Perhaps we walk a mile on the flat, open land, perhaps a bit more, until we enter the Wire Pass itself. Wire Pass: thus named, for a reason! Some portions were so narrow that there was no hope of stretching my arms all the way out. After slithering along inside the slot canyon for a bit, we also come to a drop down with rickety ladder and a slight traffic jam. For less agile humans and small children/those with short limbs, assistance is much appreciated, as the ladder is not anchored to the stone. Then, onward! Few impediments lie between us and actual Buckskin Gulch; to be honest, even if we had only wandered the Wire Pass, I would not have been too upset!
I want to stay here forever. Or, at the very least, return and hike the entire over-15 miles down to the Paria Canyon and Lee’s Ferry. Someday, someday. When I’m a millionaire and can make vacationing my job, perhaps. Such a unique perspective of the world! Oh, wow is the quote of the day, again!
After wandering to the end of the Wire Pass, we open onto Buckskin Gulch. Two options: turn left, “up” the slot canyon and back towards the dirt road ( a good option for those preferring a shorter foray into the canyon) or right, deeper into Buckskin Gulch. We proceeded right, which I highly recommend for adventure! Quickly, the canyon narrowed.
And narrowed….several people passed us on their way back, words of caution abounding. No water shoes, no luck, continued to be the basic gist of their kindness. We shrugged and continued plodding along, staring at the sky slit and stones and mud stars and silly dragon lizards doing pushups on the rocks to try to impress/intimidate us….
When we came upon the reason for the water shoe worriers! Apparently, this is quite common, to the point where swimming is not unusual. We barely had to lock eyes before the hiking boots were flying off. Guaranteed, the canyon to ourselves? Heck yes. *photo credit: very lovely teenager who offered to text them once we had service again.*
As you can see, we made it! Noteworthy: the water is ice cold and sand muddy. But not to worry; we had extra t-shirts to convert to towels. While awakening, it wasn’t half bad. Would I want to bathe in it? Nope.
Following our water even, there were a couple more interesting sections–again, water shoes would have been great!–involving making use of the large wingspans in order to wedge ourselves across and over water traps. We loved it all and continued about another hour into the canyon before backtracking. Really, very gorgeous, accessible, and interesting for the wandering mind!
10/10 recommend a visit here for people of most ages and fitness levels! And oh, when we turn corners and see the sun setting the rocks on fire! We regretted the time to leave, but not too terribly…….Page, AZ, a massive lake, and food awaited our mawing stomachs!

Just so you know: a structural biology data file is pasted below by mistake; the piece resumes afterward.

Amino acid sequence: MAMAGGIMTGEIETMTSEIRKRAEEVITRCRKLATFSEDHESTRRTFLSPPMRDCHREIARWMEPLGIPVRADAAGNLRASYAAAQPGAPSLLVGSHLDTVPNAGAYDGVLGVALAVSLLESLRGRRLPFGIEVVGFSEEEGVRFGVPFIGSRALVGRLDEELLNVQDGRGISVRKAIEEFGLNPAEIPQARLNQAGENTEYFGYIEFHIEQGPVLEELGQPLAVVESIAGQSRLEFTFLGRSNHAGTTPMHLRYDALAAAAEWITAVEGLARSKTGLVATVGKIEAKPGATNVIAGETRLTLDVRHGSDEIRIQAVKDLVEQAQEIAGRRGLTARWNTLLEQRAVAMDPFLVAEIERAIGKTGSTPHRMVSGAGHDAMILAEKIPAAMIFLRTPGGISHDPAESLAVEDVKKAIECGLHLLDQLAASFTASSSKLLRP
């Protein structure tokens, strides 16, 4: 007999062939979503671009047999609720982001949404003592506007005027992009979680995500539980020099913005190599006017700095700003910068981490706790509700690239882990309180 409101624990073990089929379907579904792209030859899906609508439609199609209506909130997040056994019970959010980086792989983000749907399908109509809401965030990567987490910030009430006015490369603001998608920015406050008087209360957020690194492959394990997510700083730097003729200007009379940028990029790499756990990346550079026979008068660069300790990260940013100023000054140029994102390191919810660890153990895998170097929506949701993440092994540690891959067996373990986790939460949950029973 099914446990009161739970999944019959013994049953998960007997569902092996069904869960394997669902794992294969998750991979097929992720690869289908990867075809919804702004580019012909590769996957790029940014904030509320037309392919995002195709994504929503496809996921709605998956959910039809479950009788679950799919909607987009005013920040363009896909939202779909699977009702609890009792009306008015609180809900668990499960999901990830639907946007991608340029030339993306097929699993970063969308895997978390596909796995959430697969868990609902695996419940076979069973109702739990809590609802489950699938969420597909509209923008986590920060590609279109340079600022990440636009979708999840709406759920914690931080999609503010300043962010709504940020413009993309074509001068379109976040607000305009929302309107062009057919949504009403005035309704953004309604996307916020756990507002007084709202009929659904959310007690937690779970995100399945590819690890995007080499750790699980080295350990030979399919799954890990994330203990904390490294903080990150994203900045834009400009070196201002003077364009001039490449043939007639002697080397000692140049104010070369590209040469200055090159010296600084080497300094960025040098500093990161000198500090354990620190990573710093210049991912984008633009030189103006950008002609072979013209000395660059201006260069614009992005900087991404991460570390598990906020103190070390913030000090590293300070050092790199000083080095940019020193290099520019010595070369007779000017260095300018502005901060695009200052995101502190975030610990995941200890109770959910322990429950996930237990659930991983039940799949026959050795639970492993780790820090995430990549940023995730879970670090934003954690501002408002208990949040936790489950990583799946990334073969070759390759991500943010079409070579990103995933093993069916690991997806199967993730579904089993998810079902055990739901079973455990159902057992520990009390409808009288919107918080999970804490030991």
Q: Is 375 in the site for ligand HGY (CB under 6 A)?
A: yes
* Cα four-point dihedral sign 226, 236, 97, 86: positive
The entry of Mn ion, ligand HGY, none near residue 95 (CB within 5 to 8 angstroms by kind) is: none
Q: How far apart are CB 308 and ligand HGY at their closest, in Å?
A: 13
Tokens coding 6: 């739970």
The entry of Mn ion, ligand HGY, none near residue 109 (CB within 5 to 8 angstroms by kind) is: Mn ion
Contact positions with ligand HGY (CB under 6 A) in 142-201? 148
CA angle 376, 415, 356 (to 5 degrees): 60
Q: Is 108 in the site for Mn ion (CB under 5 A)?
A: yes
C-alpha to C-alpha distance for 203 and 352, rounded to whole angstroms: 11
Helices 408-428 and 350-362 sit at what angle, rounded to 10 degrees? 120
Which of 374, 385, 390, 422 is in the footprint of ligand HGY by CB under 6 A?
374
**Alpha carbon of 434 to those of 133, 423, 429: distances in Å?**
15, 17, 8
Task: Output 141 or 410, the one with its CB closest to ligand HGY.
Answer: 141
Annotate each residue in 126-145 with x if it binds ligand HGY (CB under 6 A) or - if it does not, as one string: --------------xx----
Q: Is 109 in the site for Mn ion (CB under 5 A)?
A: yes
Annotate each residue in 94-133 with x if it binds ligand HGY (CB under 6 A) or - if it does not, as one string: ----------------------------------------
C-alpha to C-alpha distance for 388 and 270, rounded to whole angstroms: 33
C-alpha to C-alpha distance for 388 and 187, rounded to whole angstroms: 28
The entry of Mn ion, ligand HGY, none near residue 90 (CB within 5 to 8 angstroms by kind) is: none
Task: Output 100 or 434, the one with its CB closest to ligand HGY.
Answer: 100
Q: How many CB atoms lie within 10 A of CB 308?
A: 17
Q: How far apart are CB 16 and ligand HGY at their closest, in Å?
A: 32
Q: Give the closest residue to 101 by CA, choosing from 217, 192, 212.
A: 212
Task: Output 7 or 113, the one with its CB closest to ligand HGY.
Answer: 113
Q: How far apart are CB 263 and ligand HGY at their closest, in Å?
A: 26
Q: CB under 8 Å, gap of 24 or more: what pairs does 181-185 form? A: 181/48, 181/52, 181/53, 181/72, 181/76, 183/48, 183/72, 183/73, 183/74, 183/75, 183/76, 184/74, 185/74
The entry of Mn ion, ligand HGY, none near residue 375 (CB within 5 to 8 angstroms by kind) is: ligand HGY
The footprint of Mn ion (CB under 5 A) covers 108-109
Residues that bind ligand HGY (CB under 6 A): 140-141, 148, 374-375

Map and Detailed Photos, Wire Pass to Buckskin Gulch
Goodbye Buckskin Gulch, Hello Page, AZ!
Goodbye lovely canyon, hello Lake Powell, food, and shower! Page, Arizona: a town-city packed with hotels, Navajo history, tasty foods, tourist amenities, and easy access to complete beauty. With day trips to Antelope Canyon, Lake Powell, the Grand Canyon, Zion, Buckskin Gulch, Horseshoe Bend, and more!, it is convenient and strange to have so much to explore in a relatively easily-accessed location. Also, we stayed at the Best Western Plus, where I first witnessed…..the pancake-making buffet machine!! Food is love. It’s the little things. Anyhow, speaking of food, after showering and dinner at a tasty sandwich place, we rushed over to Horseshoe Bend. Only 10 minutes from our hotel, we were expecting to arrive in time for a killer sunset, but…..
Fail. Our utterly unoriginal idea did, however, show us how bad the car lines could get to park at the marvelous nature. The iconic photos would have to wait.
Why is Horseshoe Bend so popular? Apart from the amazing photographic opportunities are the real-life shock and wonder, as well as the ease with which one can wander to the bend. The hike barely changes elevation–for us, an interesting 20 minute walk from the parking lot, if that.
Back-up plan: return later in the night, then again at dawn the next day. The best plan.
Go to Horseshoe Bend at night. My husband did not even really know what we were going toward; I was quite familiar with daytime photos, but had no idea about real life. Not a single car in the parking lot; not a single soul to be seen. Just two dim lights, a bright full moon, and a smattering of stars illuminating the entrance to the sandy trail. Marveling at the stillness, we slide down the hill, wind growing in intensity. The darkness obstructs. We squint to see something, but pay more attention to our feet and small steps down. Then: the rim!